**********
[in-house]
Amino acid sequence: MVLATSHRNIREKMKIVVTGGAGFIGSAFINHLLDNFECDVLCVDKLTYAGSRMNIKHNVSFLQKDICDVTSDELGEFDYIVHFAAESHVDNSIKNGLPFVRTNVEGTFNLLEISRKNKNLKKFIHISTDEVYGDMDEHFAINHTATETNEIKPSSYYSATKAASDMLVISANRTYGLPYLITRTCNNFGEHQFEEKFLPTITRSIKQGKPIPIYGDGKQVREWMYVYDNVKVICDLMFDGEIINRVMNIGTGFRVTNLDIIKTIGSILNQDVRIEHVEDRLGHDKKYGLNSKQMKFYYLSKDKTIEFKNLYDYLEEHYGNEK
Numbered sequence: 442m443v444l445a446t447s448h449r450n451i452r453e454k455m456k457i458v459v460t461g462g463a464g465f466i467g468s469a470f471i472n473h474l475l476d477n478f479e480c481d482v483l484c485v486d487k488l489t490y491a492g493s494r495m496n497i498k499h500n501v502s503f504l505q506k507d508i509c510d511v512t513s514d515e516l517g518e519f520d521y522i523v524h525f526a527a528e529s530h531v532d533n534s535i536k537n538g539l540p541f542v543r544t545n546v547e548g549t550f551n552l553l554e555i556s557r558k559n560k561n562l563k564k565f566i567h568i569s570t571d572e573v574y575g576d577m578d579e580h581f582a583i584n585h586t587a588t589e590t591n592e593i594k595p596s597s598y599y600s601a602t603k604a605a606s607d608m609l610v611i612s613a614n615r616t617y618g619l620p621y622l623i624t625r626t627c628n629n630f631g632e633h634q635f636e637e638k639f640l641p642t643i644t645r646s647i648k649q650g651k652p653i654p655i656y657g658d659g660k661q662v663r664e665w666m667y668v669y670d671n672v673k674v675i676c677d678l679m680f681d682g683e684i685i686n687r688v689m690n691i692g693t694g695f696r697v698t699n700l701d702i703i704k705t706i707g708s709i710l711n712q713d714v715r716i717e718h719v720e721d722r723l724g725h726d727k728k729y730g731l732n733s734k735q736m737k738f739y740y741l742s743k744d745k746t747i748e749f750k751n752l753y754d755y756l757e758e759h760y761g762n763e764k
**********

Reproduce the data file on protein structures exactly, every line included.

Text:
[in-house]
Amino acid sequence: MVLATSHRNIREKMKIVVTGGAGFIGSAFINHLLDNFECDVLCVDKLTYAGSRMNIKHNVSFLQKDICDVTSDELGEFDYIVHFAAESHVDNSIKNGLPFVRTNVEGTFNLLEISRKNKNLKKFIHISTDEVYGDMDEHFAINHTATETNEIKPSSYYSATKAASDMLVISANRTYGLPYLITRTCNNFGEHQFEEKFLPTITRSIKQGKPIPIYGDGKQVREWMYVYDNVKVICDLMFDGEIINRVMNIGTGFRVTNLDIIKTIGSILNQDVRIEHVEDRLGHDKKYGLNSKQMKFYYLSKDKTIEFKNLYDYLEEHYGNEK
Numbered sequence: 442m443v444l445a446t447s448h449r450n451i452r453e454k455m456k457i458v459v460t461g462g463a464g465f466i467g468s469a470f471i472n473h474l475l476d477n478f479e480c481d482v483l484c485v486d487k488l489t490y491a492g493s494r495m496n497i498k499h500n501v502s503f504l505q506k507d508i509c510d511v512t513s514d515e516l517g518e519f520d521y522i523v524h525f526a527a528e529s530h531v532d533n534s535i536k537n538g539l540p541f542v543r544t545n546v547e548g549t550f551n552l553l554e555i556s557r558k559n560k561n562l563k564k565f566i567h568i569s570t571d572e573v574y575g576d577m578d579e580h581f582a583i584n585h586t587a588t589e590t591n592e593i594k595p596s597s598y599y600s601a602t603k604a605a606s607d608m609l610v611i612s613a614n615r616t617y618g619l620p621y622l623i624t625r626t627c628n629n630f631g632e633h634q635f636e637e638k639f640l641p642t643i644t645r646s647i648k649q650g651k652p653i654p655i656y657g658d659g660k661q662v663r664e665w666m667y668v669y670d671n672v673k674v675i676c677d678l679m680f681d682g683e684i685i686n687r688v689m690n691i692g693t694g695f696r697v698t699n700l701d702i703i704k705t706i707g708s709i710l711n712q713d714v715r716i717e718h719v720e721d722r723l724g725h726d727k728k729y730g731l732n733s734k735q736m737k738f739y740y741l742s743k744d745k746t747i748e749f750k751n752l753y754d755y756l757e758e759h760y761g762n763e764k